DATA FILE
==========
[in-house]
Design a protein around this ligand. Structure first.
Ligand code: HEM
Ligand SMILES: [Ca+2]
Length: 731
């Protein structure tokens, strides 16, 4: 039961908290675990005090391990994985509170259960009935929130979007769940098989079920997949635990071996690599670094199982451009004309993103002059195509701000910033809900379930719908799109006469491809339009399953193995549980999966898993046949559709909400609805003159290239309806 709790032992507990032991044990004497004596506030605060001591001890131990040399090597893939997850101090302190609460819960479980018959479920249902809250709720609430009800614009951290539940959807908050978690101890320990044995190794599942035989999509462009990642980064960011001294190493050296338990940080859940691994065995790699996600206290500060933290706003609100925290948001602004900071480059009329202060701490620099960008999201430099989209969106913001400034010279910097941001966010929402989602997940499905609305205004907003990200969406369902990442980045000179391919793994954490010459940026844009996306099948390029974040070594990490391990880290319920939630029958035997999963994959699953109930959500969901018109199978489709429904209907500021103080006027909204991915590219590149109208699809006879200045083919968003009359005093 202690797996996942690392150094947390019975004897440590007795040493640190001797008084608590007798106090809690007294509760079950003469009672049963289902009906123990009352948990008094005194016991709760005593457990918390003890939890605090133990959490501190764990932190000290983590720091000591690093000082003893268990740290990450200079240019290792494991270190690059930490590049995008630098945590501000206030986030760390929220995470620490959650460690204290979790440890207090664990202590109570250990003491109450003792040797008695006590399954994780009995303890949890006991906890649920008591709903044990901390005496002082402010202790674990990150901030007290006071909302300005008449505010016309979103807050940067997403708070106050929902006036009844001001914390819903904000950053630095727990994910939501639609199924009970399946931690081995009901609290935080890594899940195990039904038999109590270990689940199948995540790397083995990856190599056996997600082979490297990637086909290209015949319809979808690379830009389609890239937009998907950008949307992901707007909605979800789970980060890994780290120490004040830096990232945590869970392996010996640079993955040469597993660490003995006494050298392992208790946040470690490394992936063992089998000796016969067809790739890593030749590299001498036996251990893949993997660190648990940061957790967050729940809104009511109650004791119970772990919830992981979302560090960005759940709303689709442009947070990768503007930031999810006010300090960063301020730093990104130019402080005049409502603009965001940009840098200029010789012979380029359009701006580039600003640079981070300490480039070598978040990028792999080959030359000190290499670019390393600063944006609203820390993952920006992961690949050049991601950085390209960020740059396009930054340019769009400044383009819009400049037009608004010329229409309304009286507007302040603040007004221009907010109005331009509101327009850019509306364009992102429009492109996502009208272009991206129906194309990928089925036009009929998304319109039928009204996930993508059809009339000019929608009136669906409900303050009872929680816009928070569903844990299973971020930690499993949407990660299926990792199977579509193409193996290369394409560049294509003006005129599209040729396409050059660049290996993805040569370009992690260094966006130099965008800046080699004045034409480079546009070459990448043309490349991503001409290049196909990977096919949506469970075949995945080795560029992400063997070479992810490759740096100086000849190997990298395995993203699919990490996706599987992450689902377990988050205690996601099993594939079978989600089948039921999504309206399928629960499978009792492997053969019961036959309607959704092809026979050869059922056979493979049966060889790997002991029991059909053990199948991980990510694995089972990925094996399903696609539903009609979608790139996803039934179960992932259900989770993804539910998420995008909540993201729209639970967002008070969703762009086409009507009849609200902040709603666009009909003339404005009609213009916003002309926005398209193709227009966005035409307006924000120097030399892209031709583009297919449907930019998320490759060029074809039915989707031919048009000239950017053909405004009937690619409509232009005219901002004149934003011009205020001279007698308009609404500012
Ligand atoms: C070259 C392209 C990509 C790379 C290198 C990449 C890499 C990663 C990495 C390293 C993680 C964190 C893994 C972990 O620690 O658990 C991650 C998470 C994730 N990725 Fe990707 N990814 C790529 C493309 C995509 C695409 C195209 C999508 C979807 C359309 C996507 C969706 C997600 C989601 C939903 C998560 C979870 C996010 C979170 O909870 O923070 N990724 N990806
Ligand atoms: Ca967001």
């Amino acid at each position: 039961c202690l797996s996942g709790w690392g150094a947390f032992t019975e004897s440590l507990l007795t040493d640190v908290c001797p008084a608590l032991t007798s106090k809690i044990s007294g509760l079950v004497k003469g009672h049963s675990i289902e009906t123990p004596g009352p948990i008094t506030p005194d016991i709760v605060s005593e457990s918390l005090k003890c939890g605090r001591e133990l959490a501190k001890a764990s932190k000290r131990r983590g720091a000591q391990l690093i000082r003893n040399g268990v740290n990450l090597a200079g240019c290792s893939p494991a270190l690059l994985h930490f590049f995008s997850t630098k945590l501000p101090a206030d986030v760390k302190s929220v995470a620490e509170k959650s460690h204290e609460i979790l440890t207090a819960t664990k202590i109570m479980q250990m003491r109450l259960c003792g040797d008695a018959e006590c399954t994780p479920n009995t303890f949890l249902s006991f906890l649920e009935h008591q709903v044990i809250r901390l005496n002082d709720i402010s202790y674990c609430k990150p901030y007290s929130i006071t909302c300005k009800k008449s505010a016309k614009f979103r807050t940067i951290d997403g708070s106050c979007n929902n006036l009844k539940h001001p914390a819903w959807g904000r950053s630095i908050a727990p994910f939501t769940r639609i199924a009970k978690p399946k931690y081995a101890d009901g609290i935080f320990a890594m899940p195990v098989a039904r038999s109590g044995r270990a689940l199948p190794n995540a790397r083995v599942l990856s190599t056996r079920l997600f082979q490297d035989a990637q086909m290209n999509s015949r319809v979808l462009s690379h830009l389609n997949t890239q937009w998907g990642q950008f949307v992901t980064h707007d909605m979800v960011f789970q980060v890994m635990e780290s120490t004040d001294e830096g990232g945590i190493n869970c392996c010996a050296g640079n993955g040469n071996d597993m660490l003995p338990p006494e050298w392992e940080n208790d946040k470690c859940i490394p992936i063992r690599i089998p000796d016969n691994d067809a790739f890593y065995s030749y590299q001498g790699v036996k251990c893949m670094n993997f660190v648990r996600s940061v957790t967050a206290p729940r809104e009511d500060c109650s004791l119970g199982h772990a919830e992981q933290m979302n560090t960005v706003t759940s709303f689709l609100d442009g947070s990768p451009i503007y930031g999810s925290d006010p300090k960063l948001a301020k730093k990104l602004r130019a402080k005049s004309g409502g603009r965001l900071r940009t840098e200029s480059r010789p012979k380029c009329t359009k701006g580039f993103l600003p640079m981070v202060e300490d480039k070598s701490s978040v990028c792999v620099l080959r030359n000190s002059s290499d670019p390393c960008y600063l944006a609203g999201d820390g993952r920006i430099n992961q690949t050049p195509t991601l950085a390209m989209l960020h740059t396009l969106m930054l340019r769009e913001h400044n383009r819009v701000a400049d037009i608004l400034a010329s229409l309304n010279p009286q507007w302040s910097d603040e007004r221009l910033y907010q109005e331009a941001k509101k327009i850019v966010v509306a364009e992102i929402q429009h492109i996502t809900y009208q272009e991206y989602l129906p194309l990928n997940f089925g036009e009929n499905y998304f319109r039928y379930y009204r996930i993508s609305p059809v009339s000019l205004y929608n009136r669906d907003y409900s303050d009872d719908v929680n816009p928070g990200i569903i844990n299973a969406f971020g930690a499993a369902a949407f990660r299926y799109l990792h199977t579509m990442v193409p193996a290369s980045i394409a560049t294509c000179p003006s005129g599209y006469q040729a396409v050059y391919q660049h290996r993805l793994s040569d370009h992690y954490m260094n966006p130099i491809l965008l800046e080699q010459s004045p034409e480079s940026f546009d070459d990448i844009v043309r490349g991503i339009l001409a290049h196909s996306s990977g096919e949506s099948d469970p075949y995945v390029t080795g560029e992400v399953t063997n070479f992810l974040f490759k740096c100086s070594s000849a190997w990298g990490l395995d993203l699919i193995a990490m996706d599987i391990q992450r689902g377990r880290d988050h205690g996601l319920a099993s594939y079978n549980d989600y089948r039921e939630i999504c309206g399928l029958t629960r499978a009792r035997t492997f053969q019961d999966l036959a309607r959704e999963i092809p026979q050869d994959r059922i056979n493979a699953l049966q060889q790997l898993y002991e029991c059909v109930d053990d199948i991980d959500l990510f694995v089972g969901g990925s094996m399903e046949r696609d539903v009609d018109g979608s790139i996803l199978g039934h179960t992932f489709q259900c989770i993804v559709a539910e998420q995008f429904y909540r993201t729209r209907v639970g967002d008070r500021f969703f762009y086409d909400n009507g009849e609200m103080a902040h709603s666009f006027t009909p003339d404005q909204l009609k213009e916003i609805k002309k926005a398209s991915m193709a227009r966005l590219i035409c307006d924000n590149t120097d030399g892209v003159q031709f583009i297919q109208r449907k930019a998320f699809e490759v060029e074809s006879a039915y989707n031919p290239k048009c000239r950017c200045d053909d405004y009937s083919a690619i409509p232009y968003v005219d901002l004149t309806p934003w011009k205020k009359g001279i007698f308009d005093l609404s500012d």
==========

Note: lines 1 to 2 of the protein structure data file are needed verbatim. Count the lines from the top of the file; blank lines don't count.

[in-house]
Design a protein around this ligand. Structure first.